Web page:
Newswise — When researchers seek to determine a single or primary cause for a human health problem, they know they’re battling uphill. Our environments are complex, multifaceted, and permeated by a seemingly infinite number of factors that could shape us. Rare is the circumstance that is so ideal, at least from a researcher’s perspective, that one can sift through the noise and emerge with a definitive root of an issue.
That is, of course, unless nature is on your side—as was the case for UNLV economics professor Shawn McCoy and his University of Pittsburgh economics colleague Xiaoxi Zhao.
It’s hard to imagine anything positive coming out of wildfires. They’ve become six times more likely to occur and four times as large since the 1980s, McCoy said, due to climate and population changes. And yet for his research, which demonstrates that proximity to smoke pollution causes lower infant birthweight, wildfires proved to be a sort of equalizer.
“Wildfires are a meaningful topic to research in and of themselves, but they also help solve this causality problem that is difficult in our studies of pollution,” McCoy said. “Two features make fire pollution different from that of, say, an industrial plant: the random timing of fires and their random location, in that wind patterns on any given day drive the direction and concentration of smoke. This sets up a quasi-experimental research design wherein a fire happens randomly and by chance and randomly and naturally assigns treatment and control groups, because only a certain segment of the population will be exposed to the smoke.”
Several studies have established correlations between pollution sources and negative public health outcomes, McCoy said. However, prior research has faced difficulties demonstrating a direct causal relationship. One reason for this, according to McCoy, is the number of factors that could be involved in past research scenarios.
“Suppose we build an industrial plant,” McCoy said. “Once that plant is built, we need to think about the economics of that problem, which is that people don’t like to live next to plants. Holding everything else constant, home prices will drop in the surrounding area because of that, which could induce geographical sorting, wherein households with lower income might migrate into the areas surrounding the plant and households with higher incomes may leave. When that happens, it becomes harder to determine if changes in health outcomes occurred because of plant pollution, geographical sorting dynamics, or even something else.”
The random timing and location of wildfires mitigate these dynamics, making it ideal for McCoy and Zhao’s research. Wildfire smoke is similar to other sources of ambient air pollution; its particulate matter can be so small that it passes through the heart and lungs, disrupts fetal nutrition, and slows fetal growth. Within this framework, birthweight becomes a useful metric to track because of its link to short-term outcomes, such as one-year mortality rates, as well as long-term outcomes such as educational attainment and earnings, McCoy said.
McCoy and Zhao leveraged geographic information systems (mapping software) to identify ignition sources and smoke paths and plotted the home addresses of infants born during a time that would place them in the smoke’s path while in utero. They then compared the birthweight of those infants to a control group outside of the smoke’s path.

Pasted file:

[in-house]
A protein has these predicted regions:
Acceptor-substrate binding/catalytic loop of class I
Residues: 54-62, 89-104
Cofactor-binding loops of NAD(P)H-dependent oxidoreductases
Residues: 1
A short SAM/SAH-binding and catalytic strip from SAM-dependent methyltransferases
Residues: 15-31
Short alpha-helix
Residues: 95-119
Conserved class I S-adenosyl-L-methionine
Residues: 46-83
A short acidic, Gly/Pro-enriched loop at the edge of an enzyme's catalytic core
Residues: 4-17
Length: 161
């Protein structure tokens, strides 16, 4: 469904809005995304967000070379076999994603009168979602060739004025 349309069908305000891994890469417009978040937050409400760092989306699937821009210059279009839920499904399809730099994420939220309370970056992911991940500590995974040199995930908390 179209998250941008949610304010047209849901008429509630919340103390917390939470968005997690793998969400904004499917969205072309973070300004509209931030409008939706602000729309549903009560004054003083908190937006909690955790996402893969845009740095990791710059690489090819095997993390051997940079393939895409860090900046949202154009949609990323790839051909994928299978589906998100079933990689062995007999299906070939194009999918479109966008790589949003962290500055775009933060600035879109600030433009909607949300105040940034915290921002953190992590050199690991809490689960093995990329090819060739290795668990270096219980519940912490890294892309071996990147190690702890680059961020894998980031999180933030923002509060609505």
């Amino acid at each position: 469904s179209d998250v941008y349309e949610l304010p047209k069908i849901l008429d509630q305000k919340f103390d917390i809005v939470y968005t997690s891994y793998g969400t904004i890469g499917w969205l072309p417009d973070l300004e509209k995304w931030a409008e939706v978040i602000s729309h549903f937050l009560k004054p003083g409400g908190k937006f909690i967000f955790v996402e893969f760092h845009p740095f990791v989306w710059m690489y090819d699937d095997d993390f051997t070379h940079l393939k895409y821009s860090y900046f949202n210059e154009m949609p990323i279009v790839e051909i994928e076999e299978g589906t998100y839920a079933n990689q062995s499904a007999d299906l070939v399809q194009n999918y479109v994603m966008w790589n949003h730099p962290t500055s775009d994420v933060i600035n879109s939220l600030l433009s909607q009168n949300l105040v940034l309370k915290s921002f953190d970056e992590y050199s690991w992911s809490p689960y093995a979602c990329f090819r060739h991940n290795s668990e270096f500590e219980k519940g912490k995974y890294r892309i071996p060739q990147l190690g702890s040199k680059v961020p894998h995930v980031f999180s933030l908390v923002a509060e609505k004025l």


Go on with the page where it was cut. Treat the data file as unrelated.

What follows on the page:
The researchers’ results indicate that wildfire smoke leads to a 4 to 6 percent reduction in birthweight, and these effects are most pronounced among mothers exposed to smoke during the second or the third trimesters of pregnancy. They also found that these effects attenuate (or diminish) with respect to distance to a wildfire, becoming ineffectual three miles and further from the burn source. In contrast, the researchers found that even if infants had been close to a wildfire while in utero, there was no statistically significant effect on their birthweight if they were outside the smoke’s path.
“One really neat thing about this research is that I can do more than tell you what the effect of being exposed to the smoke is or not,” McCoy said. “I can tell you how that effect varies based on where an infant is relative to the source of pollution. Beyond that, we now have the evidence that reinforces earlier findings on the effects of ambient pollution at large and can say that these effects are very likely real, not just loosely correlated or tied up with other economic issues like household migration dynamics.”
McCoy’s hope is that this research will help inform policymakers of the potential economic and health consequences of wildfires, the magnitude of this type of disaster, and the mechanism behind wildfires—all of which enable people to better target the problem.
“There’s a lot of evidence to suggest that homeowners don’t fully acknowledge the risks associated with natural disasters—in particular, the risks associated with wildfire,” McCoy said. “One way to address this problem is to inform the public of risks through information-based regulation, such as posting billboards of people standing on cars during floods to discourage them from attempting to drive through inundated areas in the future. The idea is, if you give people this information, it can affect how they evaluate disaster risks, and it will likely have a spillover effect in terms of how they manage those risks.” That being said, McCoy noted that a one-time exposure to this type of information likely won’t be enough to have a lasting impact, so regulators should share this type of messaging often.
McCoy and Zhao’s research findings have been detailed in their article “Wildfire and Infant Health: A Geo-Spatial Approach to Estimating the Health Impacts of Ambient Air Pollution and In-Utero Stress,” currently under review by a top industry journal.